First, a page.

“Hi, Buck,” Peg says, smiling up at me.

That’s strange. I know I didn’t mention my new nickname when I got home the other night. I just went straight to the fridge and grabbed a beer. I wanted to flood my system with alcohol because I was sure the cops were about to show up at my front door, and that I’d be led away in handcuffs to the nearest precinct. Peg never said a word about how late I was or got on me because I hadn’t called. In fact, she couldn’t have been nicer about the whole thing.

“Where’s that coming from?” I ask as I move to the sink and turn on the hot water. I haven’t shaved in a week, and my boss mentioned something about it yesterday. My company tries to portray a clean-cut image, but I hate to shave. I always nick my­self in the same spots—at the corners of my mouth and the left side of my neck near this mole I have, and it seems like it takes hours for me to stop bleeding. “Buck, I mean.”

“Johnny called after he dropped you off the other night,” she explains. “He told me about it.”

That’s right. She was talking to someone on the phone when I came in the house, but I didn’t bother asking her who it was. I just wanted that beer so badly.

“He apologized for you being late. He said it was his fault. He’s so nice.”

She might not think he was so nice if she knew why we were late. I just hope she doesn’t ask.

“He told me the story about you shooting that deer when you were fifteen,” she goes on, spinning the toilet paper roll hard.

“The one with that weird nine-point rack and how it charged you. God, I can’t believe you were so cool like that.”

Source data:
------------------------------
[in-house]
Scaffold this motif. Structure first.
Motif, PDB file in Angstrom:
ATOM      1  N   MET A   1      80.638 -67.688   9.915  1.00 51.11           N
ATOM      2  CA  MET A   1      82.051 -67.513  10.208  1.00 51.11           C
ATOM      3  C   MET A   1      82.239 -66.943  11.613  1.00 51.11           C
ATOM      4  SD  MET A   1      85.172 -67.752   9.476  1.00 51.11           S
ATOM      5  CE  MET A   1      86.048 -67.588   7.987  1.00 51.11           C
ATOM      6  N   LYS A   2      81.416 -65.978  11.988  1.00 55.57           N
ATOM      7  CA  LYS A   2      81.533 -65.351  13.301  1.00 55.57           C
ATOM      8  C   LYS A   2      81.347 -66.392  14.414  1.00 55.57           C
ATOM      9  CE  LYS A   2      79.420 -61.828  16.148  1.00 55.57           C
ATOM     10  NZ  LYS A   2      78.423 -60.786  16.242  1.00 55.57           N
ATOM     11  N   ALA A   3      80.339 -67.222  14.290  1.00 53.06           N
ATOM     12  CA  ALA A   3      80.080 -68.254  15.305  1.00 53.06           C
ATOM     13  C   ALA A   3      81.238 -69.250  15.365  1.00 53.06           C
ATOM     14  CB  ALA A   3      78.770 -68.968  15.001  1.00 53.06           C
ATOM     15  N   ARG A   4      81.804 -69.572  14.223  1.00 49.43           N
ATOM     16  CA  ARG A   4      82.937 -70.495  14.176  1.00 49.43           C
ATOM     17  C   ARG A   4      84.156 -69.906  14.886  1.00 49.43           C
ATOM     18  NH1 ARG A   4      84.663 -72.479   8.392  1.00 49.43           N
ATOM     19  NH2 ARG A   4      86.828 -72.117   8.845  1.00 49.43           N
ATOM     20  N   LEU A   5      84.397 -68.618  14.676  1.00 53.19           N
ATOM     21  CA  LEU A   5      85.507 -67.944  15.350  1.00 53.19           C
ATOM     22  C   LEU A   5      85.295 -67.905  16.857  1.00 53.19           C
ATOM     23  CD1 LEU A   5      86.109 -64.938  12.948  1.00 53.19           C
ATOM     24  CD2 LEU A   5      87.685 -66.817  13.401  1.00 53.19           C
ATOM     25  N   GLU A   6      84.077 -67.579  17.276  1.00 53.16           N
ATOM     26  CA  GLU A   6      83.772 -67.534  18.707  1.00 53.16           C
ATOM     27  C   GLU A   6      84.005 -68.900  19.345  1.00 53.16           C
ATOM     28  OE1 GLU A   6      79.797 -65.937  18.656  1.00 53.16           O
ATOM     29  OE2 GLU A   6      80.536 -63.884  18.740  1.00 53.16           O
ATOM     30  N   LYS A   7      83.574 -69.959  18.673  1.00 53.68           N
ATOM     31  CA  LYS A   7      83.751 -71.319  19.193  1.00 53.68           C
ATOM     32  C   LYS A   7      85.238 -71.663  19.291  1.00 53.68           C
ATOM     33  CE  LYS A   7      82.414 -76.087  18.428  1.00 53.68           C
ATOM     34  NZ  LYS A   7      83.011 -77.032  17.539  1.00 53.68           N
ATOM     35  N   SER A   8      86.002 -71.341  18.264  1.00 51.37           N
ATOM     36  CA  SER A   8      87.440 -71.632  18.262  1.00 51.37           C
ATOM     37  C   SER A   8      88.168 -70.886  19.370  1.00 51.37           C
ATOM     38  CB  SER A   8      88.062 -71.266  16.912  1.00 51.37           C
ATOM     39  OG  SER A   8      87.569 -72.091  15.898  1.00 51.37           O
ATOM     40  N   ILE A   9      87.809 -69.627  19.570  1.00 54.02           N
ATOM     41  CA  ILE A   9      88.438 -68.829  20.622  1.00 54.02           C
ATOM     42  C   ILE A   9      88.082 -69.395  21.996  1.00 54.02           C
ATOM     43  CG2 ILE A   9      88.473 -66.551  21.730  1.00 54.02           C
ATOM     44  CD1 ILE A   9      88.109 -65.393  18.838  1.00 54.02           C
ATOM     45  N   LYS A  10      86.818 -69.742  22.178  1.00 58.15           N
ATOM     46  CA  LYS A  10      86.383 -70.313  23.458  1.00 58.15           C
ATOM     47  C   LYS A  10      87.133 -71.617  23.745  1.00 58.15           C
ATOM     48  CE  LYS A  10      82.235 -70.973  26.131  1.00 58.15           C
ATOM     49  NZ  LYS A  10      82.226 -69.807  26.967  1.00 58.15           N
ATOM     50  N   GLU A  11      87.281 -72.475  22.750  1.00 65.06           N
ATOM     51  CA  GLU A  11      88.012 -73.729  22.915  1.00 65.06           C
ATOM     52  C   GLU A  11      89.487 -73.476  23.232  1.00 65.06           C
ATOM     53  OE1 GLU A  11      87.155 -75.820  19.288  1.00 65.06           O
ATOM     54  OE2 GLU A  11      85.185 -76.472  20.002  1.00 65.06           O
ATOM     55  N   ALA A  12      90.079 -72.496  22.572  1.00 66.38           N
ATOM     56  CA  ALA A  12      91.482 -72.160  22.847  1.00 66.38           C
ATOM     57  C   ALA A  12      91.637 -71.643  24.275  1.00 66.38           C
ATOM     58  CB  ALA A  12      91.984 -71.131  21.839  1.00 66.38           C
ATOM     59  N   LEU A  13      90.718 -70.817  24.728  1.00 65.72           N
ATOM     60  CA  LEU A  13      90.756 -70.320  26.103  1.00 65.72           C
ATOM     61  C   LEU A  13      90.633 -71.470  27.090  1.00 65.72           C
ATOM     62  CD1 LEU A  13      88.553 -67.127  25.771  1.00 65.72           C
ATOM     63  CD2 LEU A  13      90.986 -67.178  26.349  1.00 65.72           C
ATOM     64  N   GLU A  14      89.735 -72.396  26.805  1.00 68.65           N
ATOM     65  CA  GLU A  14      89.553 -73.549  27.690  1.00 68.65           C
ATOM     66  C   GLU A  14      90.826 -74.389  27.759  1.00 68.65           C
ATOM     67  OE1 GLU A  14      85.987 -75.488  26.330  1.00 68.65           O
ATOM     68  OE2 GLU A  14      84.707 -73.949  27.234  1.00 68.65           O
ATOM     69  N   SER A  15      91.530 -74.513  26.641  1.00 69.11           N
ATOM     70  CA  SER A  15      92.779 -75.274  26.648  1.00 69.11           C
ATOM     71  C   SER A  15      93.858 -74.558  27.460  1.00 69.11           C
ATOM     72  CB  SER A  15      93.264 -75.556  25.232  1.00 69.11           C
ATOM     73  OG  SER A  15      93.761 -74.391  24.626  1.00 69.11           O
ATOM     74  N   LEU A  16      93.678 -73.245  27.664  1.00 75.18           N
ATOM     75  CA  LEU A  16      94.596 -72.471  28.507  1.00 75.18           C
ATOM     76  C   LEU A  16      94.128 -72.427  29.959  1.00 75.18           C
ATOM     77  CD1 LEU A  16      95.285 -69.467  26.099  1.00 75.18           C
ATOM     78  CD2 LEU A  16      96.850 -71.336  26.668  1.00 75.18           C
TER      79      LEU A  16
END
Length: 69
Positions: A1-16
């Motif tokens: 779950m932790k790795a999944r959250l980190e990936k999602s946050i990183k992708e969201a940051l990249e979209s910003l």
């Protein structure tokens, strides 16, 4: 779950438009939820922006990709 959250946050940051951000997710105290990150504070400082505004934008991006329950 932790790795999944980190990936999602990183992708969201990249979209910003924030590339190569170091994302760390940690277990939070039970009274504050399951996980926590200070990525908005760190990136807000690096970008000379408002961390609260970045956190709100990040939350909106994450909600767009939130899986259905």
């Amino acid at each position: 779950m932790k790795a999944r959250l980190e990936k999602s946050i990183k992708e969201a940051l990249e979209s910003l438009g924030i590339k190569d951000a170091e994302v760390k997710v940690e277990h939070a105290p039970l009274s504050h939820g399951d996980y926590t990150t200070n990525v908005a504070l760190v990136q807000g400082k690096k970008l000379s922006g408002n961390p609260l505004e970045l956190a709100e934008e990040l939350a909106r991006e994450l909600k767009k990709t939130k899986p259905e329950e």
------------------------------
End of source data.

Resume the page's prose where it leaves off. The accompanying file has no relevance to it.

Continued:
She spins out way more paper than she needs, and it piles up in a mess on the tiles beside her slipper. I get on her about that all the time. At least once a week the toilet clogs up because she uses too much, and I’m the one who has to fix it.

“Why didn’t you ever tell me about that?”

I smile at myself in the mirror as I spread shaving cream on my cheeks and under my nose. Johnny was right: Peg loves my new name, I can tell. She swallowed the story hook, line and sinker, and I can’t believe it. The guy’s incredible. If it had been anyone else, Peg wouldn’t have gone for it. But Johnny seems to have this way of convincing anyone of anything. I guess that’s why he’s a trial lawyer. Juries buy him, too.

“I don’t know,” I finally answer, still thinking about Johnny’s powers of persuasion. “I guess I just never got around to it.”

“Mind if I call you that from now on?” She pads herself gently, then stands up, flushes and comes over to me. “It’s sexy,” she says in a soft voice, running her hands across my chest. “I like it.”

“I don’t mind.”

She passes a finger gently over the thin red scab on my neck. It’s the spot where the black guy cut me right before Johnny drilled a perfect round hole in the middle of his head. But she doesn’t ask me how I got it.

“I’m horny, Buck,” she whispers. “Really horny.”

I look down at her, shocked. She hasn’t said that to me since before our younger son was born.

Then she does something even more amazing: She pulls the robe off her shoulders and lets it fall to her ankles. And I don’t see the extra pounds she’s put on over the years. All I see is that girl I made love to in the back of my dad’s station wagon. That eleventh-grader who caught my eye in the hall on the way to English class the autumn I turned seventeen.

I’m still holding the can of shaving cream as she drops to her knees and pulls the towel from around my waist. She runs her hands up my thighs, and the touch sends shockwaves up my spine. And then it’s her tongue and her lips creating the shockwaves.

I guess it’s terrible of me, but as Peg starts taking me deeper and deeper into her mouth, I close my eyes and think about Rachel and that tiny white outfit she was wearing at the Labor Day party. I think about how her beautiful ass was hanging out of those shorts, and how hard her nipples were beneath the top. And that makes me grab Peg’s head and thrust deeper.

It’s over quickly, but it gets ruined at the last moment. As I lose control, I happen to glance out the bathroom window that overlooks Salim’s cluttered front yard and Johnny’s meticulously groomed one just beyond that.

There’s a police cruiser parked in Johnny’s driveway.

Copyright ©2012 Nathan Dodge


Nathan Dodge is the pseudonym of a New York Times best-selling thriller writer.